NPhoto - - Gear Zone -

The lens pro­duces mi­nor bar­rel dis­tor­tion, lit­tle vi­gnetting and min­i­mal colour fring­ing, even in im­age corners on a full-frame body. Fring­ing gen­er­ally goes un­no­ticed any­way due to the sig­nif­i­cant amount of blur­ring to­wards im­age corners. Cen­tre and edge sharp­ness start to in­crease at around f/4 and f/5.6 re­spec­tively. How­ever, the lens gives its de­sired ef­fect at wide aper­tures, so you’ll usu­ally shoot in the f/1.6 to f/2.8 re­gion. Look­ing more like a trum­pet than a cam­era lens, the Pet­z­val 85mm Art Lens is a crowd-funded col­lab­o­ra­tion be­tween Lo­mog­ra­phy and vet­eran Rus­sian firm Zenit.

The lens takes its de­sign cues from Joseph Pet­z­val’s Vic­to­rian op­tic, and suit­ably enough, it looks like some­thing you’d buy at an an­tique fair, with its brass bar­rel and a geared rack­fo­cus­ing sys­tem that fea­tures a thumb­screw. A black ver­sion is also avail­able, but it’s more ex­pen­sive at around £550/$700, and doesn’t look like it’s been re­cy­cled from a shell casing.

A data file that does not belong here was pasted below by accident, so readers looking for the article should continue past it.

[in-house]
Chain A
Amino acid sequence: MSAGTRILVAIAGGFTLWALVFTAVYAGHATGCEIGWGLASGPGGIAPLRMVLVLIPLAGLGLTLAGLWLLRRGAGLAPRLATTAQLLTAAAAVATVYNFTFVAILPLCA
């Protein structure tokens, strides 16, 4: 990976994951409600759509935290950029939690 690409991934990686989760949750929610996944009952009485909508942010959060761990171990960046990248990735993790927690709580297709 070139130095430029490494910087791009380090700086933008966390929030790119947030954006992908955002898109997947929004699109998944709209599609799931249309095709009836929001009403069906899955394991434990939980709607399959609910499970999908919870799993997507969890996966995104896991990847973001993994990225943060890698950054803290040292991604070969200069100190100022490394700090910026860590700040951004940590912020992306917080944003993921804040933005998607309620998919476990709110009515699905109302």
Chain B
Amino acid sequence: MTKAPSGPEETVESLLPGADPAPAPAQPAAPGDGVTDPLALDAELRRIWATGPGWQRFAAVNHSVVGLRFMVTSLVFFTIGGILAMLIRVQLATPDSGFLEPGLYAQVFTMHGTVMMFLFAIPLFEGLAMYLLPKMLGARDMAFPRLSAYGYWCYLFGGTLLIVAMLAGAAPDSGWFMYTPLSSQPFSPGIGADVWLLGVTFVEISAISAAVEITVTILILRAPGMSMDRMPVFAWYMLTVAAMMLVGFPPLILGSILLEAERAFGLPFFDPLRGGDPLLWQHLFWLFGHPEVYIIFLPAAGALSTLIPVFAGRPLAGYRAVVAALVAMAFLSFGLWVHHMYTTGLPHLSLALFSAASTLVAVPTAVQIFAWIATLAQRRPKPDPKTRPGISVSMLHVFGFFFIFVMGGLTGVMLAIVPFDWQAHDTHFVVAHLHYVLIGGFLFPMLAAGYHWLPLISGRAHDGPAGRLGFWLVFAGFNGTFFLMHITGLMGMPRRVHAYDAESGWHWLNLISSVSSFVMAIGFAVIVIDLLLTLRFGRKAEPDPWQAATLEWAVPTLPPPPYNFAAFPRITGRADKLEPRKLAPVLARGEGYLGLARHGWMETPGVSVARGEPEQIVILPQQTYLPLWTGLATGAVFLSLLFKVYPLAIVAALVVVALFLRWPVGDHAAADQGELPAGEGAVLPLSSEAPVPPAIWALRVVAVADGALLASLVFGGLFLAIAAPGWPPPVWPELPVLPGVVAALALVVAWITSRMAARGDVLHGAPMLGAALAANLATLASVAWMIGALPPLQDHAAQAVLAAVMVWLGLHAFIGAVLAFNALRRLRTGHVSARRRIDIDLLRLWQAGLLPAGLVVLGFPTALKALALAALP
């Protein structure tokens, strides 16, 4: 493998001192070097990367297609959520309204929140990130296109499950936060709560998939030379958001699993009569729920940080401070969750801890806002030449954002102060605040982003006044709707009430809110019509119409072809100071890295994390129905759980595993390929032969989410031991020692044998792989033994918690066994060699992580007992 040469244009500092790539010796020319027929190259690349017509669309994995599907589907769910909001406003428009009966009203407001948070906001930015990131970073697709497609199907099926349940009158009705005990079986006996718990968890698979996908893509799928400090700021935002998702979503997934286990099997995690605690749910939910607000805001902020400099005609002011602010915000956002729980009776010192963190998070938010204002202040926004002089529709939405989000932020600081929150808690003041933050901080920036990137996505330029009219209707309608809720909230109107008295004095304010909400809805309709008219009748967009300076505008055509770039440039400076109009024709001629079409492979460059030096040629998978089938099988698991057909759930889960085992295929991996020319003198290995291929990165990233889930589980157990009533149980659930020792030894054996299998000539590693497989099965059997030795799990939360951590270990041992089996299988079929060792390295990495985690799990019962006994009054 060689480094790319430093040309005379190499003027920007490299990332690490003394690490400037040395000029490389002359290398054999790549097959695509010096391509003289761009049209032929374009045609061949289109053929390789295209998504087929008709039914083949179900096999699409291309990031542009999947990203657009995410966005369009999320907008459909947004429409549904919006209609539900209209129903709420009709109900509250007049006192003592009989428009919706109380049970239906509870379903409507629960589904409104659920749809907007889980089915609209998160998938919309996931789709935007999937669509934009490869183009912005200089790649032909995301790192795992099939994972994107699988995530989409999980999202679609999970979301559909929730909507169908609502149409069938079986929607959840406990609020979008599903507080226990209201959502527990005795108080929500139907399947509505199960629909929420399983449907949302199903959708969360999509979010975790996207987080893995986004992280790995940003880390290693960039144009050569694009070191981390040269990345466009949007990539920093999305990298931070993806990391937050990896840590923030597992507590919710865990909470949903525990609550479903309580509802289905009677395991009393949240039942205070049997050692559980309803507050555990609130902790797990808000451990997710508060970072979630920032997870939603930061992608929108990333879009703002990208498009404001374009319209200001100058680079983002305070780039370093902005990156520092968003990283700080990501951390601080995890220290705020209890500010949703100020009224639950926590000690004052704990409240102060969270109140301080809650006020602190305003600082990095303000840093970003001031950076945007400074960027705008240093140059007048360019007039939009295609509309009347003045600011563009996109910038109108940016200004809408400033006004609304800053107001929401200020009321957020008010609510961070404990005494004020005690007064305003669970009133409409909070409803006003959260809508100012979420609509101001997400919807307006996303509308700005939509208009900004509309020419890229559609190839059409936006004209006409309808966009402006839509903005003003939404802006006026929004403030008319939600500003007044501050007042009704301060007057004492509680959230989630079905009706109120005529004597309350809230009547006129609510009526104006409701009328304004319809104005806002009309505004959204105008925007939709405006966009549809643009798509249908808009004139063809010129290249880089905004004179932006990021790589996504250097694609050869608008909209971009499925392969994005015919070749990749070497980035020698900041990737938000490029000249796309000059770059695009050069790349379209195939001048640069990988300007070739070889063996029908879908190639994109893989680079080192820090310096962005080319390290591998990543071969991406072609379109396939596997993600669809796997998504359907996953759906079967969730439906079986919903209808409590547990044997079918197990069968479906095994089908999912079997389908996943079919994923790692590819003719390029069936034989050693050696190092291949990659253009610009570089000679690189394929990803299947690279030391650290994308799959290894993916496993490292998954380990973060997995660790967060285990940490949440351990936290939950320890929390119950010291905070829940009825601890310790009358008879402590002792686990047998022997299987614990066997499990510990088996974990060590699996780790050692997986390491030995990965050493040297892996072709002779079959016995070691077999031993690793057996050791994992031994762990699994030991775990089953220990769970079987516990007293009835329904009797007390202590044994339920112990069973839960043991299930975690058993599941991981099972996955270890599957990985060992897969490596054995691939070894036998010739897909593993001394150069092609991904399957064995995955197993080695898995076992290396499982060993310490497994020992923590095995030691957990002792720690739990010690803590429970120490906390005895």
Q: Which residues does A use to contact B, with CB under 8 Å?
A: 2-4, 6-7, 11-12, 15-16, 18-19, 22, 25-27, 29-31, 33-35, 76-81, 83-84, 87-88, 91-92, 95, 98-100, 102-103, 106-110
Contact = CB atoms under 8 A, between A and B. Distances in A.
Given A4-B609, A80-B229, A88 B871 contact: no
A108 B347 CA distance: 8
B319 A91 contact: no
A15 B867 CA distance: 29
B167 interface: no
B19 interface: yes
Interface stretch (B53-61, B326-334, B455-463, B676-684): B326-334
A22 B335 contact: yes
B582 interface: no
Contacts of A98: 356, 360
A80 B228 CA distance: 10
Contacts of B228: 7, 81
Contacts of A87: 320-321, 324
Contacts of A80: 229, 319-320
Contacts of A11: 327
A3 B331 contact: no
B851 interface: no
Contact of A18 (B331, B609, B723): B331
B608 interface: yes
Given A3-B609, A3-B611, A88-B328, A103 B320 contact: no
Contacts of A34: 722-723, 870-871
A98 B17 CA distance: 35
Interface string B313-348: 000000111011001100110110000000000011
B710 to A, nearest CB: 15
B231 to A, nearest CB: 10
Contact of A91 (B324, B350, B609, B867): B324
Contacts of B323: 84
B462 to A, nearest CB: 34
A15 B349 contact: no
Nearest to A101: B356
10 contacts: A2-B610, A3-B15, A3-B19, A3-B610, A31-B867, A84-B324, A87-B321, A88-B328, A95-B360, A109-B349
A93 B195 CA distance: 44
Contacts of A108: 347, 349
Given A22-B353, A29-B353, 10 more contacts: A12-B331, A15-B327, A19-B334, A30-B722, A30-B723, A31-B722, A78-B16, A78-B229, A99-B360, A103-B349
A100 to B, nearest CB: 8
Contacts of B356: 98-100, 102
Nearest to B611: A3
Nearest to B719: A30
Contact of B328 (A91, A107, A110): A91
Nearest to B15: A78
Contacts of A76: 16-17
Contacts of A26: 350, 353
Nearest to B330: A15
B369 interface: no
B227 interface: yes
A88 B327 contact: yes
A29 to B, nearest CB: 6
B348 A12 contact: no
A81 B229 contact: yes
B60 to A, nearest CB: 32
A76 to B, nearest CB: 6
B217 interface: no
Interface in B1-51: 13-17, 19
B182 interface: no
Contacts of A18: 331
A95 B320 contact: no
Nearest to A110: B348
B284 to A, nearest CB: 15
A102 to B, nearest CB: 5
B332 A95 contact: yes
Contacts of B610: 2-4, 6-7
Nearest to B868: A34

The ‘Waterhouse’ aper­ture set is sim­i­larly an­ti­quated: you in­sert plates near the rear of the lens to stop down from the wide-open aper­ture of f/2.2 all the way to f/16 in sin­gle f-stop in­cre­ments. Spe­cial aper­ture plates for shap­ing de­fo­cused el­e­ments are also avail­able. The num­ber of glass el­e­ments used in the lens isn’t spec­i­fied, but the se­cret for­mula en­ables a sharp area at the cen­tre of the im­age, with vi­gnetting and a swirly bokeh ef­fect to­wards the edges.


The lens isn’t blind­ingly sharp at the cen­tre, but gives a beau­ti­ful look to por­traits. The vi­gnetting is sub­tle on FX cam­eras and neg­li­gi­ble on DX ones. Sim­i­larly, the swirly bokeh is re­duced on a DX body, but still looks fab­u­lous.

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